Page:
News Release: 01/11/2001
A year after school governor
Marjorie Graham, 64, used an insecticide treatment for head lice, she is left
with a numb torso and arms – mystery symptoms her doctors can’t explain. She
is urging parents to use non-chemical methods of head lice control on children.
Dr Sarah Myhill, a GP who specializes in organophosphate sheep-dip poisoning, says Mrs. Graham’s symptoms
could be due to the product. ‘They are typical of a peripheral neuropathy
[disorder of the nervous system] affecting both the sensory and motor nerves’,
she says. ‘These are exactly the sort of symptoms I would expect to see from
an acute chemical poisoning case.’
‘I caught head lice around
Christmas last year’, says Mrs. Graham. ‘I bought a Health
Authority-recommended head lice product and followed the packet instructions to
Marjorie Graham had a cold when
she used the insecticide. Four days later she developed numbness from her groin
to her bust, muscle weakness, tingling down her arms, and aching in her chest.
‘When I asked my doctors if my
symptoms could have been caused by my using the insecticide they were
dubious’, says Mrs. Graham, who has had a battery of inconclusive medical tests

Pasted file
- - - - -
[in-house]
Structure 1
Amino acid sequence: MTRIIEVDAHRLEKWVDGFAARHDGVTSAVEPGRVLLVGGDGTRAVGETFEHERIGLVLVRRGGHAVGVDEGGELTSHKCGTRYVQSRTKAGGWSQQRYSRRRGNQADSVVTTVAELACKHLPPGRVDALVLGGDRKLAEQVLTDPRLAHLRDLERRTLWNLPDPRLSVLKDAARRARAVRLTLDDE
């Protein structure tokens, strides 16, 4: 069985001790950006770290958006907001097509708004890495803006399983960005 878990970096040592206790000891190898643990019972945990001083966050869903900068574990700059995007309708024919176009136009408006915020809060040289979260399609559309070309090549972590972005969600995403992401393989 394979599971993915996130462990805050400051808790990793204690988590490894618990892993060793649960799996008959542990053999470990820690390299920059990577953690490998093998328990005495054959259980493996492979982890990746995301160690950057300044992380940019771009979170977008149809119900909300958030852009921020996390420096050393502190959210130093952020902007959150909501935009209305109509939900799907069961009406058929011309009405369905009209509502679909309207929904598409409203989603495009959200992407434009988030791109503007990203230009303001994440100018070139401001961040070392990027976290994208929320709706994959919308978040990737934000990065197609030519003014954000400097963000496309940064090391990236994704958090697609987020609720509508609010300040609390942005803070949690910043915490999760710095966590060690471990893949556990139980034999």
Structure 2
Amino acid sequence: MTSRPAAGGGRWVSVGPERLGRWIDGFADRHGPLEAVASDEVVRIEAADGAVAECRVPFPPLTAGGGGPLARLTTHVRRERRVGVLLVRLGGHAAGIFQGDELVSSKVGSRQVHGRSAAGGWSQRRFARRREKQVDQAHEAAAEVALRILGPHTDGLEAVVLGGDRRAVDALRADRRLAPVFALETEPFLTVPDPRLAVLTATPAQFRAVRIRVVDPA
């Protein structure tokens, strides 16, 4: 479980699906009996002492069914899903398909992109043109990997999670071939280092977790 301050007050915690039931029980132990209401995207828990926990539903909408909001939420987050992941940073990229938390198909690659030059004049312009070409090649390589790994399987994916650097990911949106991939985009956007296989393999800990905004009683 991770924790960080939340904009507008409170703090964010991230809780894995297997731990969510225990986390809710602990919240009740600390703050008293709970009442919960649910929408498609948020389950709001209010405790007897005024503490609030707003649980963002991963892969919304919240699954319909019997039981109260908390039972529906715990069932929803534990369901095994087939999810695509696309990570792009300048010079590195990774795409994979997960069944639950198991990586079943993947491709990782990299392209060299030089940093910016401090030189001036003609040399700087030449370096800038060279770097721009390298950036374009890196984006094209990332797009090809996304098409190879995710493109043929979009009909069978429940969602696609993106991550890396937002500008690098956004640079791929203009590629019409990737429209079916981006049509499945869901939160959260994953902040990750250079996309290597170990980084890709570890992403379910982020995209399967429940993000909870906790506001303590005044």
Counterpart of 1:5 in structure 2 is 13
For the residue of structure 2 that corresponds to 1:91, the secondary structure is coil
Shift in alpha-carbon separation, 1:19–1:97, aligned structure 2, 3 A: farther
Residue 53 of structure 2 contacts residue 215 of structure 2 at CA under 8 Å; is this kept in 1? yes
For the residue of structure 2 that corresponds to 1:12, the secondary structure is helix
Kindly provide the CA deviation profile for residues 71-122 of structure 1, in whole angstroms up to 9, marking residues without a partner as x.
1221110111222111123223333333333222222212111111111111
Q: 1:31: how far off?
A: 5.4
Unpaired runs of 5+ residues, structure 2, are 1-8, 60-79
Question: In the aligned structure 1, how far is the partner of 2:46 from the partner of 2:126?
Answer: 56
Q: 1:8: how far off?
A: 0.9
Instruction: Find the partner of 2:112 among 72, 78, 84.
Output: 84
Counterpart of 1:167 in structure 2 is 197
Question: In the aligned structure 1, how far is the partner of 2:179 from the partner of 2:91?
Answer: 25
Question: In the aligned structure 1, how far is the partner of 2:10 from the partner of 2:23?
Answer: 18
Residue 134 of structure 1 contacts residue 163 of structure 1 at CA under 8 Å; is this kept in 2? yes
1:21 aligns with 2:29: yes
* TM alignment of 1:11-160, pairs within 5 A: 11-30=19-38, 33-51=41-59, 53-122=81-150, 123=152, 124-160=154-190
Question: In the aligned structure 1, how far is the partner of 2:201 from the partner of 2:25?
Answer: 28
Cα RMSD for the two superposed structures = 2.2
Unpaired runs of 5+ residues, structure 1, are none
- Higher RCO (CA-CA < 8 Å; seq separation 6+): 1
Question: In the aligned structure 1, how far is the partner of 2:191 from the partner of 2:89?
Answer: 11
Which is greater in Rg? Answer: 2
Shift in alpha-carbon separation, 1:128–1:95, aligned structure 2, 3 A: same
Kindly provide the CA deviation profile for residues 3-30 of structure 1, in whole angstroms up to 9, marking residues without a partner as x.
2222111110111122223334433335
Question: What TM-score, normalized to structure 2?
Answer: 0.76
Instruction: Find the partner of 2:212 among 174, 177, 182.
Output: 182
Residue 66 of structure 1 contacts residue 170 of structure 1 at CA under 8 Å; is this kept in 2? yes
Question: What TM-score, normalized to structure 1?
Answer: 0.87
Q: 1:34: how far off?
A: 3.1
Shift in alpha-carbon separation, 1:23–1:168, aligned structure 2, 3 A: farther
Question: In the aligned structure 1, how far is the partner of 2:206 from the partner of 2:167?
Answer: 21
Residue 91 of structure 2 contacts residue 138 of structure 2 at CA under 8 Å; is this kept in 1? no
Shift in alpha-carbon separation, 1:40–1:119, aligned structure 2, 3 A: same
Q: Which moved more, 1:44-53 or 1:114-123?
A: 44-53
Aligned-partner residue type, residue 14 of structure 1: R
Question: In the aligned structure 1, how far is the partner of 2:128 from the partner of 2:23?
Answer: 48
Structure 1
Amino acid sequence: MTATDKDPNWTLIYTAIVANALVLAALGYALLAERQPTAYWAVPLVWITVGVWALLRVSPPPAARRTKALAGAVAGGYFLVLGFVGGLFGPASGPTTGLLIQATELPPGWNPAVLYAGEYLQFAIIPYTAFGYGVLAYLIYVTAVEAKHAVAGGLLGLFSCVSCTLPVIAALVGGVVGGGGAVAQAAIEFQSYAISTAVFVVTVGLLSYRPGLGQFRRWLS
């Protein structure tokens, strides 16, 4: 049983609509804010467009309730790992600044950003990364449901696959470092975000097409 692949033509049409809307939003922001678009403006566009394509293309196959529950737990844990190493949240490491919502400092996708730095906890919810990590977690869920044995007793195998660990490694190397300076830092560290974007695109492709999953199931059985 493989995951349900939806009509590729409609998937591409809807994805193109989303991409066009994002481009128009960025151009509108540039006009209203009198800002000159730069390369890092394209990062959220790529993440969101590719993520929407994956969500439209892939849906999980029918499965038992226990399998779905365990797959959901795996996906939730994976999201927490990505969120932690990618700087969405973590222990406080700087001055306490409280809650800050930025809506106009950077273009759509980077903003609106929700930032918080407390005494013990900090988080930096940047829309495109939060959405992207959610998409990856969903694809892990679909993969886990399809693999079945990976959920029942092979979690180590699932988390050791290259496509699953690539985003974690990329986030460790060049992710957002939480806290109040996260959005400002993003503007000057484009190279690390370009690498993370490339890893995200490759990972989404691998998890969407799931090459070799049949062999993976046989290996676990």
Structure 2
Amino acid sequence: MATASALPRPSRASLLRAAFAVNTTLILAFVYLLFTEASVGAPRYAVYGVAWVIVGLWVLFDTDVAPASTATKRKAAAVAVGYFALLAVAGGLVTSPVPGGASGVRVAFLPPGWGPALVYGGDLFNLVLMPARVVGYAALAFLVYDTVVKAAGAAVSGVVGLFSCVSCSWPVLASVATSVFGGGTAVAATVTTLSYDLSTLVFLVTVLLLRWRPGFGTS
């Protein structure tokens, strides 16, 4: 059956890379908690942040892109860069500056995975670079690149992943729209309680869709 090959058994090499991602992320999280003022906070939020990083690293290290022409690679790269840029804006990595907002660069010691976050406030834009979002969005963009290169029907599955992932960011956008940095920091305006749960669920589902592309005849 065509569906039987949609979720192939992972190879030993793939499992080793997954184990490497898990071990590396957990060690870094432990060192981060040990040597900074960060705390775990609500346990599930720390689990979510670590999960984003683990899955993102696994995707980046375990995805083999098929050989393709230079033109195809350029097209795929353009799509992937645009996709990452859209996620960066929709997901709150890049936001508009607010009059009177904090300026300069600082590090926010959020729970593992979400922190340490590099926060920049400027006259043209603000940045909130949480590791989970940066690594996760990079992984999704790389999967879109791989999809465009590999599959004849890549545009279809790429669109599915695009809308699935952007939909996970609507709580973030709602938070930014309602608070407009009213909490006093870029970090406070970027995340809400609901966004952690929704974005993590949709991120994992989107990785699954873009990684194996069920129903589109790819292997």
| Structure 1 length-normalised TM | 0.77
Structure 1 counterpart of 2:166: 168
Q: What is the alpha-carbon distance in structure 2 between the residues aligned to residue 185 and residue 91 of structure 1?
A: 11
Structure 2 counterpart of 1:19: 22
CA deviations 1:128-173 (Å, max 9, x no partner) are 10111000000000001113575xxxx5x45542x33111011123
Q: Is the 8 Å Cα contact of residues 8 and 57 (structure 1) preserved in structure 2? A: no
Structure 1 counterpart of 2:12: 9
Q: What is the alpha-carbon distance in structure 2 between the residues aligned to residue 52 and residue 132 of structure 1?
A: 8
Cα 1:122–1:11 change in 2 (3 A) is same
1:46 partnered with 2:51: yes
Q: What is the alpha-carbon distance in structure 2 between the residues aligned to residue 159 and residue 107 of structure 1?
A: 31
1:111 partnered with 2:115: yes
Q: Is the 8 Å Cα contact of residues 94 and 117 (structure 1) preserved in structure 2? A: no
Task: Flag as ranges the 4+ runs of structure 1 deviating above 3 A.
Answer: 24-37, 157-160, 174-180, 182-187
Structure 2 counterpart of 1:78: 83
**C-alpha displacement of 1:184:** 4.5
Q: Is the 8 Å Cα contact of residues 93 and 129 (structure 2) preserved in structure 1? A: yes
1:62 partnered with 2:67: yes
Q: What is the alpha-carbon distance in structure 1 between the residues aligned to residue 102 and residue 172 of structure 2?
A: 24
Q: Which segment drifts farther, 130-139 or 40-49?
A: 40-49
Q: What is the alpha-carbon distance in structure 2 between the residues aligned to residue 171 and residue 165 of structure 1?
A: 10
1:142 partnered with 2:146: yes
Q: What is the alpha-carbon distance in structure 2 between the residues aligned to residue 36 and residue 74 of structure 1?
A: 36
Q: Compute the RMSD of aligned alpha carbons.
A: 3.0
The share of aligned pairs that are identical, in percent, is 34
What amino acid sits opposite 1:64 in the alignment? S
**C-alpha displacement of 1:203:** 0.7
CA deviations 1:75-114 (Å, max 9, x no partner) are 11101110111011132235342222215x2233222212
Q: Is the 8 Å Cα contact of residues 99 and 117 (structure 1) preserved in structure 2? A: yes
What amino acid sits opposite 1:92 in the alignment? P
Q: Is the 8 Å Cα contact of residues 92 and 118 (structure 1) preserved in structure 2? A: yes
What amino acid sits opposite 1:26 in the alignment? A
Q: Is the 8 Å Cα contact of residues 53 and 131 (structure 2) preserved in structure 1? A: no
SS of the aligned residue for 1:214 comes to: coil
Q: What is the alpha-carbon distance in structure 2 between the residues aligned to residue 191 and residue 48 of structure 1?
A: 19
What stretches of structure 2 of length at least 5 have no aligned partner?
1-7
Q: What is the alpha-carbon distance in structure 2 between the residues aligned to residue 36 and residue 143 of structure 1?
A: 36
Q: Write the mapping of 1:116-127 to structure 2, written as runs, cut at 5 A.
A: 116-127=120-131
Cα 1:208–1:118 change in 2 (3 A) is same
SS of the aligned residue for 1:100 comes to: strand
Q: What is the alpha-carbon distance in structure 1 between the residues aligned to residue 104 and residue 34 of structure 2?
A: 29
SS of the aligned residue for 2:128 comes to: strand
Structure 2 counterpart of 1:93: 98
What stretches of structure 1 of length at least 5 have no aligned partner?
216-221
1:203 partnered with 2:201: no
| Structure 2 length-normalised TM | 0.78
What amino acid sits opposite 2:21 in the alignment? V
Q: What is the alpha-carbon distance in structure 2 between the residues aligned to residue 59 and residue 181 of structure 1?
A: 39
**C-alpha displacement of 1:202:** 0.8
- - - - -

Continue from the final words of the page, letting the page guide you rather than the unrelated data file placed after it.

since. ‘They wouldn’t even notify the medical authorities of a possible
reaction until I insisted. If it happens to anyone else at least there will be a
Alison Craig of Pesticide Action
Network UK says ‘We are very concerned that cases such as Mrs. Graham’s are
not being either diagnosed or recorded by the medical authorities.
NOTES TO EDITORS
insecticide contains the organophosphate
malathion. Organophosphates work by
damaging the nervous systems of insects, and can also affect the nervous
system of humans.
wants a ban on the use of chemical head lice insecticides on children. The
most recent advice to family doctors was the leaflet issued by the Doctor
Patient Partnership in September 2000. It warns against insecticides for
people with asthma, dermatitis, pregnant women and babies under 6 months
old. But it gives no details of organophosphate poisoning symptoms. PAN-UK
says they won’t then be diagnosed by doctors.
study in 1997 by the Health & Safety Executive and Dr Vyvyan Howard of
Liverpool University found that head lice insecticides used on children
contain enough organophosphate to put them five times over government safety
limits, and that repeated use may damage the nervous system.
the publication of the government’s Committee on Toxicity report on
organophosphates in December 1999, further government-funded research on the
effects of organophosphates on children and adults is being commissioned.